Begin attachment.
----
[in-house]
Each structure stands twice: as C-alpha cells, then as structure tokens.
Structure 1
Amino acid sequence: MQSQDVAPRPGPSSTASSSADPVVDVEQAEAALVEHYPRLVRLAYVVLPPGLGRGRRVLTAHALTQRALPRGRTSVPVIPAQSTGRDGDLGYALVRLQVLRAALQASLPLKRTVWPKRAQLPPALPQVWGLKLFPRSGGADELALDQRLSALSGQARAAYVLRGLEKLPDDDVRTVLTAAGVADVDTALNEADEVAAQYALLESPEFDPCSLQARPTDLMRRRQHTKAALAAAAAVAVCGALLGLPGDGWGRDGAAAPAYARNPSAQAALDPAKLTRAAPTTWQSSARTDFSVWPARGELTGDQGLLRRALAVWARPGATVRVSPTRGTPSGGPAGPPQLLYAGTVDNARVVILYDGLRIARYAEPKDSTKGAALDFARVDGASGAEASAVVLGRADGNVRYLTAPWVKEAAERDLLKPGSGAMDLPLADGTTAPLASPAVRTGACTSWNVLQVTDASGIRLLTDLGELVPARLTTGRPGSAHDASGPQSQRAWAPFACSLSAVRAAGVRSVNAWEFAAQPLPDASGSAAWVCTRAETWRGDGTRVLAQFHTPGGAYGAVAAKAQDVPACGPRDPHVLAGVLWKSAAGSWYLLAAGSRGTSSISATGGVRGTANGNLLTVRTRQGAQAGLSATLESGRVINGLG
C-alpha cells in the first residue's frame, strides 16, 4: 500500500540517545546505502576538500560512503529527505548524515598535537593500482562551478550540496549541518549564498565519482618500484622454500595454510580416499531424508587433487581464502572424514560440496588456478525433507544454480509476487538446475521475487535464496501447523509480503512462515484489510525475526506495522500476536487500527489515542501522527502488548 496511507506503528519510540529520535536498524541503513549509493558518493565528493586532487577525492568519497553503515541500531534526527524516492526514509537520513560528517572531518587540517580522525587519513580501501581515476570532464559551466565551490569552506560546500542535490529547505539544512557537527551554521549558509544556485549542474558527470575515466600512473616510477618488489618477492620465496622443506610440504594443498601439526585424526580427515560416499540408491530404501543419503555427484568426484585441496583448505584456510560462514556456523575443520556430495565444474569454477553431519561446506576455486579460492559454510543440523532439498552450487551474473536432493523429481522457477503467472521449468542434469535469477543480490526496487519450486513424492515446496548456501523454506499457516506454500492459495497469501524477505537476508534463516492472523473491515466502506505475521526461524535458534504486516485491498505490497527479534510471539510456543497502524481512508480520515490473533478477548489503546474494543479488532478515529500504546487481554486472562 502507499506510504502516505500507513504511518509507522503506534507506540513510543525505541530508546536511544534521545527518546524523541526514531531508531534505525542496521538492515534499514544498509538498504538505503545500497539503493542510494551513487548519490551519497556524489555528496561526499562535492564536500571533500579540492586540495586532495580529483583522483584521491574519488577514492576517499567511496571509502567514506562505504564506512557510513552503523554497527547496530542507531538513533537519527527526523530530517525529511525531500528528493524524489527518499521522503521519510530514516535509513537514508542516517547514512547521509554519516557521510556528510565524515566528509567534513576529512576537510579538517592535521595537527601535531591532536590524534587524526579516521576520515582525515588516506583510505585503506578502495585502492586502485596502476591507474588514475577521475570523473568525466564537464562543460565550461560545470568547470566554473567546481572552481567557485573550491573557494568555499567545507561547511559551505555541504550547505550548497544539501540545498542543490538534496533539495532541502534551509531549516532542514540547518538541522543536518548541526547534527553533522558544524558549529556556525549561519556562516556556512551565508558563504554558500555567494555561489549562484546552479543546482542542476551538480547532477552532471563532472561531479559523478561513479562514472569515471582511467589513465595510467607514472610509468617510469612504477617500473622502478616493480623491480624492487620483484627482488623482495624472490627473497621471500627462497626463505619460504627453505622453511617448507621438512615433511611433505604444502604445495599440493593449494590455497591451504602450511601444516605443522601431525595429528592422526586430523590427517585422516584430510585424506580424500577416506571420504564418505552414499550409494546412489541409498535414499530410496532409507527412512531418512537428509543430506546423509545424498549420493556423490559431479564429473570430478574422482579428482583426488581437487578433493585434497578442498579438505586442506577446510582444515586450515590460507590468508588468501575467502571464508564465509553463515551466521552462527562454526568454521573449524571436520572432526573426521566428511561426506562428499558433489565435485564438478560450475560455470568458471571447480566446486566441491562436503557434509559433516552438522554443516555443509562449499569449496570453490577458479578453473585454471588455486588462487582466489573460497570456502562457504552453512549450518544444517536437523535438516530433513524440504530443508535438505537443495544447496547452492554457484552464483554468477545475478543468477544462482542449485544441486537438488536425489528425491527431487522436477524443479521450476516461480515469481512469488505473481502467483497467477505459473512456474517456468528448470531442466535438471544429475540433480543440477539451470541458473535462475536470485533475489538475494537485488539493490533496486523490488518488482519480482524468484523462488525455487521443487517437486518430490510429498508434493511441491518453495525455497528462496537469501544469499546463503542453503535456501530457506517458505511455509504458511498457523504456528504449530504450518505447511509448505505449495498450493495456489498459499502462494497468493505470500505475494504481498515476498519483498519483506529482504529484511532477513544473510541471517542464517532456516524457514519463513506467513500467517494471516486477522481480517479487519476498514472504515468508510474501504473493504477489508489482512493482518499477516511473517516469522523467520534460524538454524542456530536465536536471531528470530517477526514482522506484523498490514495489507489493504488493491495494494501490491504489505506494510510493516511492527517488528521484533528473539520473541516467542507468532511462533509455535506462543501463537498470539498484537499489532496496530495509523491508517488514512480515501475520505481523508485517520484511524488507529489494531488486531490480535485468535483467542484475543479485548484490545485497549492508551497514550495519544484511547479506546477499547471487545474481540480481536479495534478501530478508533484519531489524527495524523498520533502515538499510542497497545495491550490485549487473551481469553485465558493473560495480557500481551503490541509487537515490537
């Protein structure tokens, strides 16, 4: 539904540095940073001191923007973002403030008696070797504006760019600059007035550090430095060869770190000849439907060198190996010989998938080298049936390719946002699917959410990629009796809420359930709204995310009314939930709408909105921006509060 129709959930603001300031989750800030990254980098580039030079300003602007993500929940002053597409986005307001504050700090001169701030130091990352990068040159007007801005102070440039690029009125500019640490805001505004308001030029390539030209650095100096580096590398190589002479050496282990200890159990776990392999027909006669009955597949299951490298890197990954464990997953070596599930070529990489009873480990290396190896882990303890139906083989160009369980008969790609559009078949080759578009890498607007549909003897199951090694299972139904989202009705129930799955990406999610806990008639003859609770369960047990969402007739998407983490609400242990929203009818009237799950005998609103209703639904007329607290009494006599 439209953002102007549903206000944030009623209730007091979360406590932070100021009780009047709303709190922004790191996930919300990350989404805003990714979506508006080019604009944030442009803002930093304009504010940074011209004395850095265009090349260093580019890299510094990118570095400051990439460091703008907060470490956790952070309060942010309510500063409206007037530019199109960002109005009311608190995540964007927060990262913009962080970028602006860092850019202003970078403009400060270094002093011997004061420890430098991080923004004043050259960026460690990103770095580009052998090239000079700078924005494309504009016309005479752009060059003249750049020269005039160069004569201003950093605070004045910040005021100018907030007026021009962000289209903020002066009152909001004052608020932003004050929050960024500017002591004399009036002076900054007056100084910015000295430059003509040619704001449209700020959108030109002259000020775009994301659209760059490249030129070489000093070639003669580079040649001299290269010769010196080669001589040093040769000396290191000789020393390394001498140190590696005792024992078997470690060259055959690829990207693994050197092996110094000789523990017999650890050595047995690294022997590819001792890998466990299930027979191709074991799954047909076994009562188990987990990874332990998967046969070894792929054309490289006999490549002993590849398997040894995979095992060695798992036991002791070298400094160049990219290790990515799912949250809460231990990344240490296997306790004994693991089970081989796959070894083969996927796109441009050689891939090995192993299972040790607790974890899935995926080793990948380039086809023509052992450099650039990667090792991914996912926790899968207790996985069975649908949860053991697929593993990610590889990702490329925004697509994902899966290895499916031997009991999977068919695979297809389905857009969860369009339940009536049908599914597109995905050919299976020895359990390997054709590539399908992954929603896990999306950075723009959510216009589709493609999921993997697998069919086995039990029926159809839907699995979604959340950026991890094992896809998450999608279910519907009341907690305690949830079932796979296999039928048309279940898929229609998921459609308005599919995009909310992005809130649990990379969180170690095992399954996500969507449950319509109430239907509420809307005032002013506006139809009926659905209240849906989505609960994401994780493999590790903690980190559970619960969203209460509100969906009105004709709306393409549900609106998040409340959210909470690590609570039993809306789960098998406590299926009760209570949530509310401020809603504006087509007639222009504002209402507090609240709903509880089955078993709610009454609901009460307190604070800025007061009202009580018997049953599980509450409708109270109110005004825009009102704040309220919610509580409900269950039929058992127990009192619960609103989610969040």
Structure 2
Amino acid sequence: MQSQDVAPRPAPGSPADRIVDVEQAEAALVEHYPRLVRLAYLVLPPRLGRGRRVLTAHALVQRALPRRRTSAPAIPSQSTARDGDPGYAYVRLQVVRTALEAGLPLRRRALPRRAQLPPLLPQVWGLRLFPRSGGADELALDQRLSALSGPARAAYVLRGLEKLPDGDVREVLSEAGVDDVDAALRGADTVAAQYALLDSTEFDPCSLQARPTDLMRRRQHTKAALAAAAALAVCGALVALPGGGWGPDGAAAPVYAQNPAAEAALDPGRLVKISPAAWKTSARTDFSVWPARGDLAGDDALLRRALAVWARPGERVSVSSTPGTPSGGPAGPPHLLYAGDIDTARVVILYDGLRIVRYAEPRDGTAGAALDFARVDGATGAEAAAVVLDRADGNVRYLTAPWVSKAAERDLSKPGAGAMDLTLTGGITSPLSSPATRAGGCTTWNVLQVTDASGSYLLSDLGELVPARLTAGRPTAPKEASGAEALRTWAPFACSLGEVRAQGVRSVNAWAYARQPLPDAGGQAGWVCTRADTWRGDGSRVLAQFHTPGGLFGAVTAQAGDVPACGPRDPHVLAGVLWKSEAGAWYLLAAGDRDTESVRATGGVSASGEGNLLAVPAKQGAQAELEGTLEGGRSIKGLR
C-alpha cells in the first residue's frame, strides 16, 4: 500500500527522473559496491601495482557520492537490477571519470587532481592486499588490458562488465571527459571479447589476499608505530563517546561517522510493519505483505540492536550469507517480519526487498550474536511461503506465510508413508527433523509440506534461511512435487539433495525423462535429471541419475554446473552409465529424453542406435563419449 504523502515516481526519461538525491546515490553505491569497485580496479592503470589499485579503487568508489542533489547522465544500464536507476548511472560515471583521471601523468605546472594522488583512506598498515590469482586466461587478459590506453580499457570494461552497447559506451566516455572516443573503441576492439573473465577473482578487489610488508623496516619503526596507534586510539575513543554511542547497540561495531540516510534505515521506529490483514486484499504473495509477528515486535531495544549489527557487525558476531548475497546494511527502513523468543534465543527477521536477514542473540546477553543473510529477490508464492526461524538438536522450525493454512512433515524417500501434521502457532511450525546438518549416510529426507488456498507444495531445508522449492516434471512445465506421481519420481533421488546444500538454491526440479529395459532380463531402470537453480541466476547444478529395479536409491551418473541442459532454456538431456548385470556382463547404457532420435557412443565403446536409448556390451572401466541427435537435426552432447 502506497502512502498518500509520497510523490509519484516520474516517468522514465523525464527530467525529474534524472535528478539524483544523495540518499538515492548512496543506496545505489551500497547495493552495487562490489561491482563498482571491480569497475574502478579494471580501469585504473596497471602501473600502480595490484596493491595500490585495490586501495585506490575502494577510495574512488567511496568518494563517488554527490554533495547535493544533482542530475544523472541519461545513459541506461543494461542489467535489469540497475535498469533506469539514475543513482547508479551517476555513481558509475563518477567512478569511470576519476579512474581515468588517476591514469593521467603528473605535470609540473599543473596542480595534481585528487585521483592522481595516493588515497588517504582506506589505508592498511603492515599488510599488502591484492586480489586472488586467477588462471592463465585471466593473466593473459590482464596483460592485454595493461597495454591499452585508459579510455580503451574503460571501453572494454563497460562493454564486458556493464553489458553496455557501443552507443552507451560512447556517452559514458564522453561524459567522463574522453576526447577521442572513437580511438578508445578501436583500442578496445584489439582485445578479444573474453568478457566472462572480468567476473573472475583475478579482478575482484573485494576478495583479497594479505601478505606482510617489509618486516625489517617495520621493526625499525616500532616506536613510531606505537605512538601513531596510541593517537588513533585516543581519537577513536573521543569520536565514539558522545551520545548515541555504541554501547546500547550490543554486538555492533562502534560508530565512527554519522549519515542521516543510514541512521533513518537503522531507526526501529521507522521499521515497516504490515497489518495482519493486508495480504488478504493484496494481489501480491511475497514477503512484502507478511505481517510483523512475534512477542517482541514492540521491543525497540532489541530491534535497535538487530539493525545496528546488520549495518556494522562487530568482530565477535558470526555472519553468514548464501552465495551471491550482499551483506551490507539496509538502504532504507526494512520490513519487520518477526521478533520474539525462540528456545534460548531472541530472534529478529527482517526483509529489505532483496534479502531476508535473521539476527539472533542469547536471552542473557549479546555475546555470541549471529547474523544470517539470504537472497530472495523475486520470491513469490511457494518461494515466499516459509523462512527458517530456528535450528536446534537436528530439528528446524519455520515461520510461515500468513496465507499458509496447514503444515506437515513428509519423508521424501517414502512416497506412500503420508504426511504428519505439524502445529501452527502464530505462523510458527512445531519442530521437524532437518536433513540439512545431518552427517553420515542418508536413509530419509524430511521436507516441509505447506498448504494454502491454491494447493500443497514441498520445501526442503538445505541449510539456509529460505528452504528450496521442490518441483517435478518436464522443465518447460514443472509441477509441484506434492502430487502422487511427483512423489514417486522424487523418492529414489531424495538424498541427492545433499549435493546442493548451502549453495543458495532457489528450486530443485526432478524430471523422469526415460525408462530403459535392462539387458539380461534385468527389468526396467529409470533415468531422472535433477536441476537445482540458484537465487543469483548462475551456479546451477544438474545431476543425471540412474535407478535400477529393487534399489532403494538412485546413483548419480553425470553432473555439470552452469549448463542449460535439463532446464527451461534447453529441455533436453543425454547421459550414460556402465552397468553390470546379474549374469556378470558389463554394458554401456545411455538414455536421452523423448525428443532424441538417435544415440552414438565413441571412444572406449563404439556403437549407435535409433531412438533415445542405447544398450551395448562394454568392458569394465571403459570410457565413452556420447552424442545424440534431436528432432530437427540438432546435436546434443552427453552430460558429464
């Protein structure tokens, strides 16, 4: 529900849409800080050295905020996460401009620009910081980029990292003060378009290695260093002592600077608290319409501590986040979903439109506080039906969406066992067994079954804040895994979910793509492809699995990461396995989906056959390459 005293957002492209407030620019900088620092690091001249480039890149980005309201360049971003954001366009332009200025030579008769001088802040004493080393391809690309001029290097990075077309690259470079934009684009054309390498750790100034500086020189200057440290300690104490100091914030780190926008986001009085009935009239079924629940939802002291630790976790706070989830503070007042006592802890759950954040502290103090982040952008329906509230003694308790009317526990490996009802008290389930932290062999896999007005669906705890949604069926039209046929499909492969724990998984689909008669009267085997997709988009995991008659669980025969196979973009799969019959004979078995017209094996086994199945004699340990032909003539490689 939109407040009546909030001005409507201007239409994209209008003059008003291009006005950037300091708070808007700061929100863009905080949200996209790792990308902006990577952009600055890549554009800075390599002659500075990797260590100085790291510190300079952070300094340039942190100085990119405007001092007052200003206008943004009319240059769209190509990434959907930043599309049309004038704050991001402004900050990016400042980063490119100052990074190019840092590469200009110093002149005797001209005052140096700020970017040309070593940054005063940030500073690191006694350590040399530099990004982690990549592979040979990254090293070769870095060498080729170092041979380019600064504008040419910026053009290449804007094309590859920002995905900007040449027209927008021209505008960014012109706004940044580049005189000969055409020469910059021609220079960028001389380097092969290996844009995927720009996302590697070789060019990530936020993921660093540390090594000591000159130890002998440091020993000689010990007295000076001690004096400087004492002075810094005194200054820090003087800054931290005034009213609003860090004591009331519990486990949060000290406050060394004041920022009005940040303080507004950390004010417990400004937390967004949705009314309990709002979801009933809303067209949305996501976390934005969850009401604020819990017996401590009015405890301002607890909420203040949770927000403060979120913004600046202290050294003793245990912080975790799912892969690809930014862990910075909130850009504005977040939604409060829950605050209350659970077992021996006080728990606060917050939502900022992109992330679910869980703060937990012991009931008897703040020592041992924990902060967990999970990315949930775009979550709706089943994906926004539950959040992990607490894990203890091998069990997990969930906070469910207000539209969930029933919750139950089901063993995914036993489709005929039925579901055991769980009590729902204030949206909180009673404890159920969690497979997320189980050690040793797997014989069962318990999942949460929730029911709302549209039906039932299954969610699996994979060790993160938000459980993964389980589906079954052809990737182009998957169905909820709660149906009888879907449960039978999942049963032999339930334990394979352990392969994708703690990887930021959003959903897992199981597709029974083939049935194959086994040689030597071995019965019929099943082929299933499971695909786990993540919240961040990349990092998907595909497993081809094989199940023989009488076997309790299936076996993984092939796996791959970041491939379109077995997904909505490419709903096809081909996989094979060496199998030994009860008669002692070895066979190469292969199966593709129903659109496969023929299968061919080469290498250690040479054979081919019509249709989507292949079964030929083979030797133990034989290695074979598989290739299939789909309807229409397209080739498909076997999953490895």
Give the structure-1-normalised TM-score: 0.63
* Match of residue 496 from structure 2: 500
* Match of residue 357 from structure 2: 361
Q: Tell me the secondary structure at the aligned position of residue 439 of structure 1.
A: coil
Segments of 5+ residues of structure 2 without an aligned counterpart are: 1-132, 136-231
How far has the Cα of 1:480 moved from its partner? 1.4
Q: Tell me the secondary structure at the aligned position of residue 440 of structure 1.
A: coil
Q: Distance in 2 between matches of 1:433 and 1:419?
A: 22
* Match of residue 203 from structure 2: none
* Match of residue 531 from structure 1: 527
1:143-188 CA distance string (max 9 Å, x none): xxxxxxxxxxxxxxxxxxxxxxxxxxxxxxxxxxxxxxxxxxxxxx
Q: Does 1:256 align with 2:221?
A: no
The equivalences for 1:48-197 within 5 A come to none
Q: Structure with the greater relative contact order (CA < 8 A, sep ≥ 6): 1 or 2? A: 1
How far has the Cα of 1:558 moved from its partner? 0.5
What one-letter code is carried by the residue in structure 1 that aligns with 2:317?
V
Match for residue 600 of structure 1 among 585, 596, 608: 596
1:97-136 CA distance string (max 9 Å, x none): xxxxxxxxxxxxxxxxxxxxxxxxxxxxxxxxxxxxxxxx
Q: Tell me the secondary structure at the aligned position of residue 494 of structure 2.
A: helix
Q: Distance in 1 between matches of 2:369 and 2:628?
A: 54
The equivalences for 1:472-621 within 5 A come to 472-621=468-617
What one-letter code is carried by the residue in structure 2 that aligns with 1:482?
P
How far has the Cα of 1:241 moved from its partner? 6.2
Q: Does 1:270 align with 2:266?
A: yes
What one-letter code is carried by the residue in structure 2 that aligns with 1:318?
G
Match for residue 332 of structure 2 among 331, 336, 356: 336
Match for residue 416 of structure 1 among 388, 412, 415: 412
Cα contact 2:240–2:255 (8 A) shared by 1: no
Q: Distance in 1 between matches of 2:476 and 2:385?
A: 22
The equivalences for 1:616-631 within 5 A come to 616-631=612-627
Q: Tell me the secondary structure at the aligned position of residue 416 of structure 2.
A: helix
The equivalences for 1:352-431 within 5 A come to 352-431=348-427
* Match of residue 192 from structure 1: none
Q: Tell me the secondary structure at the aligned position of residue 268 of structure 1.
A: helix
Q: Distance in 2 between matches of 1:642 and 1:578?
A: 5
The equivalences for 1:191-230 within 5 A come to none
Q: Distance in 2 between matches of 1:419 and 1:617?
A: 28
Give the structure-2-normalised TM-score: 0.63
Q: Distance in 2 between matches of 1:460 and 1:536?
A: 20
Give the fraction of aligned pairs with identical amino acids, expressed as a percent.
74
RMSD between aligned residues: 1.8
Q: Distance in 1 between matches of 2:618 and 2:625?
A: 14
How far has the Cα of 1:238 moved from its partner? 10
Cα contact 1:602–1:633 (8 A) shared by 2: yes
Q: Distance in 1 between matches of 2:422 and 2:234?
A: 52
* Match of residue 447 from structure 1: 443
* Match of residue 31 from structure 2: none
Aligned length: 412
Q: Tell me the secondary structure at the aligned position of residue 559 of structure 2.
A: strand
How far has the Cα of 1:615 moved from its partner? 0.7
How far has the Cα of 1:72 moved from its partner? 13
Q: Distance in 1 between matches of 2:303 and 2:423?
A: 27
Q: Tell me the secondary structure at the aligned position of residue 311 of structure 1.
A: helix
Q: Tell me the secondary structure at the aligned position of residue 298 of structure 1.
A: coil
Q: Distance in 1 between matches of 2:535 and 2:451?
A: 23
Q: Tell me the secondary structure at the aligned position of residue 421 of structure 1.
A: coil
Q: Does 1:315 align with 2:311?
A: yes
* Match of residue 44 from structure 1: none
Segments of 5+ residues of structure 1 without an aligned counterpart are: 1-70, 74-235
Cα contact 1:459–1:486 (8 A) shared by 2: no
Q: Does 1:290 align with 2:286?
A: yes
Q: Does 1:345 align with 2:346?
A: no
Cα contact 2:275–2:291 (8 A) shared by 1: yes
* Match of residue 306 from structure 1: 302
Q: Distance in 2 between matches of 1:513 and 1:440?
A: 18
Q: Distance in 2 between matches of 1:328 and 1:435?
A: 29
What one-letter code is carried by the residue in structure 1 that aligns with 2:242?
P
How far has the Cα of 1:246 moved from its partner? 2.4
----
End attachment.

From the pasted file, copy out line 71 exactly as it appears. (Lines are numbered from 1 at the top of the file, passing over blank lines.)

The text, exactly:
How far has the Cα of 1:238 moved from its partner? 10